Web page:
- In what may be a major setback for Niger's democratic transition, the ruling military junta today set out on a wave of arrests. Former ministers and high officials loyal to deposed President Mamadou Tandja were arrested for "subversive activities".
The arrested include five ministers serving under ex-President Tandja, including Finance Minister Ali Mahamane Lamine, Justice Minister Garba Lompo and two spokesmen of government. In addition, leaders of two main public enterprises, the electricity utility NIGELEC and the water utility SPEN, have been arrested.
The arrests were announced by the junta's transitional Minister of Security and the Interior, Ousmane Cissé. Mr Cissé said the high officials had engaged "in subversive activities," as far as the Nigerien police could establish. He however added that they would be released "if it is proven that there is nothing to incriminating them."
Minister Cissé further informed that the arrests had been carried out this morning by regular police troops. The detained official were hold in a detention centre in Niamey, the capital.
The detained are seen as key supporters of ex-President Tandja, who was deposed by the junta in February and still is held in detention. An earlier call for his release by Mr Tandja's former Communication Minister resulted in the latter's detention.
While the Nigerien junta has promised to make Niger a "model democracy" and started the democratisation transition process by engaging opposition parties and civil society, the question about Mr Tandja's future has developed into a taboo in Niamey. The Tandja taboo may harm the junta's aim of a democracy transformation as the ex-President still has many followers, especially within the political elite.
But the junta still insists it is determined to restore democracy in Niger. Transitional Prime Minister Mahamadou Danda, meeting the judiciary at the Niamey Bar on Friday, said that a key to democracy will be the respect of human rights. The junta would spare no efforts to implement rule of law and respect of human rights, he said.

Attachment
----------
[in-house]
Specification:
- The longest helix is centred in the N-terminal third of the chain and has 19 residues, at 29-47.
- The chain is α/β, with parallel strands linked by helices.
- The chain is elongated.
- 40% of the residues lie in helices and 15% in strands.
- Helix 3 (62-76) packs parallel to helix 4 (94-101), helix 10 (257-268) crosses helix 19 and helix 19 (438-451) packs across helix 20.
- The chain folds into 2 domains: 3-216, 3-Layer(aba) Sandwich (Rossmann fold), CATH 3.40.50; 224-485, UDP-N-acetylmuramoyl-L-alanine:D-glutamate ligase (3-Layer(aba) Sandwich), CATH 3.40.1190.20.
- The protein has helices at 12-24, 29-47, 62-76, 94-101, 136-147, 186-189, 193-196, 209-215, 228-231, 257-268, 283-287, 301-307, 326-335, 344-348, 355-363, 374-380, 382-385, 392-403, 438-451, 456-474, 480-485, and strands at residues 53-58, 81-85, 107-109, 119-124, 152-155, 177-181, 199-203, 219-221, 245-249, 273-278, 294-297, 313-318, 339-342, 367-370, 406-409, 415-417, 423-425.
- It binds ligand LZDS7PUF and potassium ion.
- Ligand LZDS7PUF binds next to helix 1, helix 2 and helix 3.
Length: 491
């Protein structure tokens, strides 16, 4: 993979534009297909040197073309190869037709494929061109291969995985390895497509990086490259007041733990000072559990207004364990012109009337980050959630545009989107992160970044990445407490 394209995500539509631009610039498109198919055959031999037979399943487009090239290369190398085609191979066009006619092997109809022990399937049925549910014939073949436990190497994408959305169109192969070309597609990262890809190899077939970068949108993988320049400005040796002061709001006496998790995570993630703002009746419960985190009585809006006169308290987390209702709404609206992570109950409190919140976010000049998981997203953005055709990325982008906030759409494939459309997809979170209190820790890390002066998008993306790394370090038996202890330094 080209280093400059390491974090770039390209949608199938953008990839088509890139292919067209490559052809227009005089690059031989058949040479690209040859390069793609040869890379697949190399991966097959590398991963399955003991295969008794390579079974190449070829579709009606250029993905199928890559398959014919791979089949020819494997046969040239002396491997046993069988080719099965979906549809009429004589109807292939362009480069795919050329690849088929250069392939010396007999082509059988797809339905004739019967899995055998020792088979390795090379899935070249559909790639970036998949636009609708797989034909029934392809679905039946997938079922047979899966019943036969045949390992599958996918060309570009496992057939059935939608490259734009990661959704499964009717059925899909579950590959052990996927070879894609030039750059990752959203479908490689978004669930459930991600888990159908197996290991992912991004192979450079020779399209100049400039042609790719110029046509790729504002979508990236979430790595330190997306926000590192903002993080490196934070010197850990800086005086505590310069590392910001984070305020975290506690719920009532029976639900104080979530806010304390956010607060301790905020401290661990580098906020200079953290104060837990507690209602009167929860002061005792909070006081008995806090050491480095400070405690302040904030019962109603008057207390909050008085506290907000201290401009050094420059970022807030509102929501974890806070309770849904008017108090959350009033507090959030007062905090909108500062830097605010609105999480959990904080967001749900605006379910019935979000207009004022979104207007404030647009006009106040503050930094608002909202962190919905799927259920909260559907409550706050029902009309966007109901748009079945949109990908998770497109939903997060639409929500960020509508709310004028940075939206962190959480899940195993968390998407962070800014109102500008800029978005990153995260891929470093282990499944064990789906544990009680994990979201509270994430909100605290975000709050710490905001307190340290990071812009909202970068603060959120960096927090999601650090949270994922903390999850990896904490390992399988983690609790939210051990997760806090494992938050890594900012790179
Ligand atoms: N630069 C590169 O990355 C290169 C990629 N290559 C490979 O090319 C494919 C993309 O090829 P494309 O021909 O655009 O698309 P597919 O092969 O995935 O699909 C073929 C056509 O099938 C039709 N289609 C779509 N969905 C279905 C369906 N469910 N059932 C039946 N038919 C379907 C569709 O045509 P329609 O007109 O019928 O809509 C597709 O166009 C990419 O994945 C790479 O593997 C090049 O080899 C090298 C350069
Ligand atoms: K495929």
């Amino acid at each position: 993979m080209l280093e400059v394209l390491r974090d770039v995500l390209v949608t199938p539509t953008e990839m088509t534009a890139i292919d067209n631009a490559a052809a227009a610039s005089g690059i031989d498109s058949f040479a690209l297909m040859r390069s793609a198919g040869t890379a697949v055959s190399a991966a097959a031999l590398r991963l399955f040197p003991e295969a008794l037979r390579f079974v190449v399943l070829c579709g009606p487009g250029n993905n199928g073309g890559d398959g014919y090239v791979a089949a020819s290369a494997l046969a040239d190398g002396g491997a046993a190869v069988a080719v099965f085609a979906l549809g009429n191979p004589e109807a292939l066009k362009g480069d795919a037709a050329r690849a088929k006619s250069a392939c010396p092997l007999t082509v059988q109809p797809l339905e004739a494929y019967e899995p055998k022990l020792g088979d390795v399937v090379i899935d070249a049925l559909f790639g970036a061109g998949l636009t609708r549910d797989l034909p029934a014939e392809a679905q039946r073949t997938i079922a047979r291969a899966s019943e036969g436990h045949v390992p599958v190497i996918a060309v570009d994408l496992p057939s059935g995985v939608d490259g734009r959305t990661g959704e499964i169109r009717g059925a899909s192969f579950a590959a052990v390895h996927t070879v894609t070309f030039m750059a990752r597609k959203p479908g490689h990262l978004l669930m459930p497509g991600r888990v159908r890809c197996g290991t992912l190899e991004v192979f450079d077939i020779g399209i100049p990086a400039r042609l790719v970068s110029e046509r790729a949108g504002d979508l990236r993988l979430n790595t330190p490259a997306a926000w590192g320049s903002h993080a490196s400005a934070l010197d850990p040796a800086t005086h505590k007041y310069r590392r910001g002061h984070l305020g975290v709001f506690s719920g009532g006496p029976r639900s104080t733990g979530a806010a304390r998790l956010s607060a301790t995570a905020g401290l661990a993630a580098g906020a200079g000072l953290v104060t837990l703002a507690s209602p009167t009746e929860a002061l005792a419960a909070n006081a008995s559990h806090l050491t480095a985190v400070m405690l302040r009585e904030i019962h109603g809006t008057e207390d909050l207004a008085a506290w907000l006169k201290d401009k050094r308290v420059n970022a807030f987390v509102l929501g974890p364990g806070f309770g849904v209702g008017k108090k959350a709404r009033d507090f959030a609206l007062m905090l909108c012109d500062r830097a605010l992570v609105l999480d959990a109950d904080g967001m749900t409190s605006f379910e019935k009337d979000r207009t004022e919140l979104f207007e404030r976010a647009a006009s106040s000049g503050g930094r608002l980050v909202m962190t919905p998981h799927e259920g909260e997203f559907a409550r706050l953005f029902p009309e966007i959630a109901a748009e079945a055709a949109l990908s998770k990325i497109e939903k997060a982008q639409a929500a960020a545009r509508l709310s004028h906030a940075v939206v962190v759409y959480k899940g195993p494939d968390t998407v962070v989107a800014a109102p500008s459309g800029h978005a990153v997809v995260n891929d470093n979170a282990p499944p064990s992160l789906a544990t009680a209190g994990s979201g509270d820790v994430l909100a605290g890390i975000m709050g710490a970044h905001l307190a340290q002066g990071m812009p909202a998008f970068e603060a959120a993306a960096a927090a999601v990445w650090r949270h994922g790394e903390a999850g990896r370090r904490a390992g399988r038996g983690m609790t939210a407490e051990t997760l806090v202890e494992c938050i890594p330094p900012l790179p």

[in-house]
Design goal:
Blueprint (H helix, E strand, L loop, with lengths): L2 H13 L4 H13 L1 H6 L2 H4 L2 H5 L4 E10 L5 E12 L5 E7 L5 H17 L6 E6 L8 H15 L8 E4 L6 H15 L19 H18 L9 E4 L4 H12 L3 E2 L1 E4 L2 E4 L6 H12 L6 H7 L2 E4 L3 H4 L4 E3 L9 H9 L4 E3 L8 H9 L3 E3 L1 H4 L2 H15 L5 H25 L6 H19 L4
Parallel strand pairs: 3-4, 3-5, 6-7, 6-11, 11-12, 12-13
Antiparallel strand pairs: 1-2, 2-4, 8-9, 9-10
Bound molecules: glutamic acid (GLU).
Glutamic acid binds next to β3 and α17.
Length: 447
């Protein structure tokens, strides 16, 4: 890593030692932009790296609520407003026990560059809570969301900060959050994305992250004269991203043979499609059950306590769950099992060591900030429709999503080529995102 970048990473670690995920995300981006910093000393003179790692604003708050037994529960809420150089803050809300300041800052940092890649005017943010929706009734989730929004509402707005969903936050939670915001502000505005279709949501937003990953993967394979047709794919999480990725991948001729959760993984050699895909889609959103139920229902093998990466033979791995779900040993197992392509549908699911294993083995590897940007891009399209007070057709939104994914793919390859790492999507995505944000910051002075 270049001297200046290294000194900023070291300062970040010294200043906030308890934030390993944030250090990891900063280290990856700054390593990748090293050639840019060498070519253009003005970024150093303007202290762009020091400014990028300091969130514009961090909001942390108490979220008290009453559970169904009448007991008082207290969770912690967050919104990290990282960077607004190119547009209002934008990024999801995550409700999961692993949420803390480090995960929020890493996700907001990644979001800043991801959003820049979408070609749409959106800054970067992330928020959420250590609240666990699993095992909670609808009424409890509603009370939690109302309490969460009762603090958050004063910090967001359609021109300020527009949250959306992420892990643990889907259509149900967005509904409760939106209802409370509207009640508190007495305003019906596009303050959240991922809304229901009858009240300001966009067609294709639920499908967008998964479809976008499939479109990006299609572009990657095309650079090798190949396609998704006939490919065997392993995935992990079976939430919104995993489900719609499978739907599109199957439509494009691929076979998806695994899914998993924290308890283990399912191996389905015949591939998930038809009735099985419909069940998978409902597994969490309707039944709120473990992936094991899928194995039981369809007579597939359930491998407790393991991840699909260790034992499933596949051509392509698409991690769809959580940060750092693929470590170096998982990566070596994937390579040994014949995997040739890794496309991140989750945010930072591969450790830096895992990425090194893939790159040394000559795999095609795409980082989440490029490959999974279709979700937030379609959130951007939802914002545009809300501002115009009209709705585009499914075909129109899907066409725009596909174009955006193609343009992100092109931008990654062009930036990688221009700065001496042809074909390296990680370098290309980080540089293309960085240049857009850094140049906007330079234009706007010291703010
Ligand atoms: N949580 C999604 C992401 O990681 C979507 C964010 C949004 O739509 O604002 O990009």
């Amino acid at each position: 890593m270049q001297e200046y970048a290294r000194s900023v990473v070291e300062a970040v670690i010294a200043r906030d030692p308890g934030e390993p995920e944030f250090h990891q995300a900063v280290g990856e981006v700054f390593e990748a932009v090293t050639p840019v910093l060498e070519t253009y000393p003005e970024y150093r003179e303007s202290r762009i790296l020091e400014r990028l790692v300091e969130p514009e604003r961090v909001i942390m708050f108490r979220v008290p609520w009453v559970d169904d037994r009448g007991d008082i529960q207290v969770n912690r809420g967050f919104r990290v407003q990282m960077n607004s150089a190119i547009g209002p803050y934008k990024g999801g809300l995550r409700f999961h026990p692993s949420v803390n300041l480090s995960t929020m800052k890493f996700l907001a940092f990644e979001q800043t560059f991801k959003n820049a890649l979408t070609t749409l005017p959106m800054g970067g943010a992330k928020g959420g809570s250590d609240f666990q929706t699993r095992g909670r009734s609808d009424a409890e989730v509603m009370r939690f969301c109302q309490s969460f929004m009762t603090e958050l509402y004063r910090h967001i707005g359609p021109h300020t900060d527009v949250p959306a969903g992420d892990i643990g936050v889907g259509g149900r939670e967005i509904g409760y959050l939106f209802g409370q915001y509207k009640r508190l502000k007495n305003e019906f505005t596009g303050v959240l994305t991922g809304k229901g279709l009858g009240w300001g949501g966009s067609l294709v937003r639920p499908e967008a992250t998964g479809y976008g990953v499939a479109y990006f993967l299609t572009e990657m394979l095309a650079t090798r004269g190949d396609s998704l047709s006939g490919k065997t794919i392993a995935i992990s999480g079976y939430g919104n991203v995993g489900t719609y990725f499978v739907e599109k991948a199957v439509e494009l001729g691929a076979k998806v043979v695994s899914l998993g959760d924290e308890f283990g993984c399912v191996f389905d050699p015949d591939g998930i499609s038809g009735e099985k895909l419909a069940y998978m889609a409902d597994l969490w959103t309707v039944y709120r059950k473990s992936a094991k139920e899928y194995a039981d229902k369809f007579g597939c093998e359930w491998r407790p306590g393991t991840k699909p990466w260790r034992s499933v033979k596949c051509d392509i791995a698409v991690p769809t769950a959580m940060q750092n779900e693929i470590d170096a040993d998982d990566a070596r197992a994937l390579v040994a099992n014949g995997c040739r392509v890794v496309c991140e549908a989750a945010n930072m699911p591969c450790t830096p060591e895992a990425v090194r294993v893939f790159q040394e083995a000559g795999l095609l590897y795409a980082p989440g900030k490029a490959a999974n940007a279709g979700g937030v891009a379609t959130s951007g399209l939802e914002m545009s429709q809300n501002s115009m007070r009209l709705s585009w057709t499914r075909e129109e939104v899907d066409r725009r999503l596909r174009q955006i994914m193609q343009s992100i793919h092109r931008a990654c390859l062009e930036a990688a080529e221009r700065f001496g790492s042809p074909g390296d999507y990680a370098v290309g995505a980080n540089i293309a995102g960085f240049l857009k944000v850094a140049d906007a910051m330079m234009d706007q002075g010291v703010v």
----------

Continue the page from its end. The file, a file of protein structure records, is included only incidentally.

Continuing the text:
Towards greater press freedom
In a more positive development, the junta has embarked on a process that is to lead to greater press freedom. It has already announced that libellous news reports no longer will lead to prison sentences for journalists, reducing maximum sentences to simple fines.
'La Voix du Sahel', Niger's national radio station, reported that the authorities would stage a three-day mass debate on the press this week, grouping legal experts, human rights defenders and representatives of the media and the government. Topics at the debate would include the status of journalists and rules on advertising.
But the junta's Security Minister Cissé also has indicated he wants Nigerien media to observe some limits. In a statement issued yesterday, Mr Cissé slammed individuals trying to use media and other communications platforms to express minority opinions "without any consideration of the deep aspirations of the overwhelming majority of people in Niger."
Press freedom had been deteriorating under the Tandja regime, although the situation for Niger's media was far from the worst in the region. The increasing number of libel sentences developed into the most serious threat to Nigerien media during the late Tandja period.
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